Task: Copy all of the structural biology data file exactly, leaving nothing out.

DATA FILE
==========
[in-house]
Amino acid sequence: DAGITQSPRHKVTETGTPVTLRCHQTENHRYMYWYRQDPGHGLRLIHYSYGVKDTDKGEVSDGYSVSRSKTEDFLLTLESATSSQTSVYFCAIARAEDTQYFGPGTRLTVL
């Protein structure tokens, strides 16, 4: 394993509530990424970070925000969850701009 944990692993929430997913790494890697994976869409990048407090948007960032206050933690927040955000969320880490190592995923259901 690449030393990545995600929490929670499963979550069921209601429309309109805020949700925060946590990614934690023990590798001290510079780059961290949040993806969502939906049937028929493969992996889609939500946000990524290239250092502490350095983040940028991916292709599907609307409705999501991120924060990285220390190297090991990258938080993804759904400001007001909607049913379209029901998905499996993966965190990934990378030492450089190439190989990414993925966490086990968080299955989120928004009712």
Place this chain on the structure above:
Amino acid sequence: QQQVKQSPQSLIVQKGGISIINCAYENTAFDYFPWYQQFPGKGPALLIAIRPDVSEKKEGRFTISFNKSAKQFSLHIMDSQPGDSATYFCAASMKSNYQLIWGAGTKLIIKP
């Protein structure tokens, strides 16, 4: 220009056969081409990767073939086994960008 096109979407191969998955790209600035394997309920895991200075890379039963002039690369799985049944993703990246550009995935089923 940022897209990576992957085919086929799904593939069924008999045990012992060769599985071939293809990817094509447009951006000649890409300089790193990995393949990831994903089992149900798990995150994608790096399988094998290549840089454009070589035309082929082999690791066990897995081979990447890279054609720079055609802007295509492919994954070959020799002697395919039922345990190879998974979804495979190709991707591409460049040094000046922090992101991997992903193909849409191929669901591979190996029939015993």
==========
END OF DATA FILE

[in-house]
Amino acid sequence: DAGITQSPRHKVTETGTPVTLRCHQTENHRYMYWYRQDPGHGLRLIHYSYGVKDTDKGEVSDGYSVSRSKTEDFLLTLESATSSQTSVYFCAIARAEDTQYFGPGTRLTVL
């Protein structure tokens, strides 16, 4: 394993509530990424970070925000969850701009 944990692993929430997913790494890697994976869409990048407090948007960032206050933690927040955000969320880490190592995923259901 690449030393990545995600929490929670499963979550069921209601429309309109805020949700925060946590990614934690023990590798001290510079780059961290949040993806969502939906049937028929493969992996889609939500946000990524290239250092502490350095983040940028991916292709599907609307409705999501991120924060990285220390190297090991990258938080993804759904400001007001909607049913379209029901998905499996993966965190990934990378030492450089190439190989990414993925966490086990968080299955989120928004009712």
Place this chain on the structure above:
Amino acid sequence: QQQVKQSPQSLIVQKGGISIINCAYENTAFDYFPWYQQFPGKGPALLIAIRPDVSEKKEGRFTISFNKSAKQFSLHIMDSQPGDSATYFCAASMKSNYQLIWGAGTKLIIKP
């Protein structure tokens, strides 16, 4: 220009056969081409990767073939086994960008 096109979407191969998955790209600035394997309920895991200075890379039963002039690369799985049944993703990246550009995935089923 940022897209990576992957085919086929799904593939069924008999045990012992060769599985071939293809990817094509447009951006000649890409300089790193990995393949990831994903089992149900798990995150994608790096399988094998290549840089454009070589035309082929082999690791066990897995081979990447890279054609720079055609802007295509492919994954070959020799002697395919039922345990190879998974979804495979190709991707591409460049040094000046922090992101991997992903193909849409191929669901591979190996029939015993």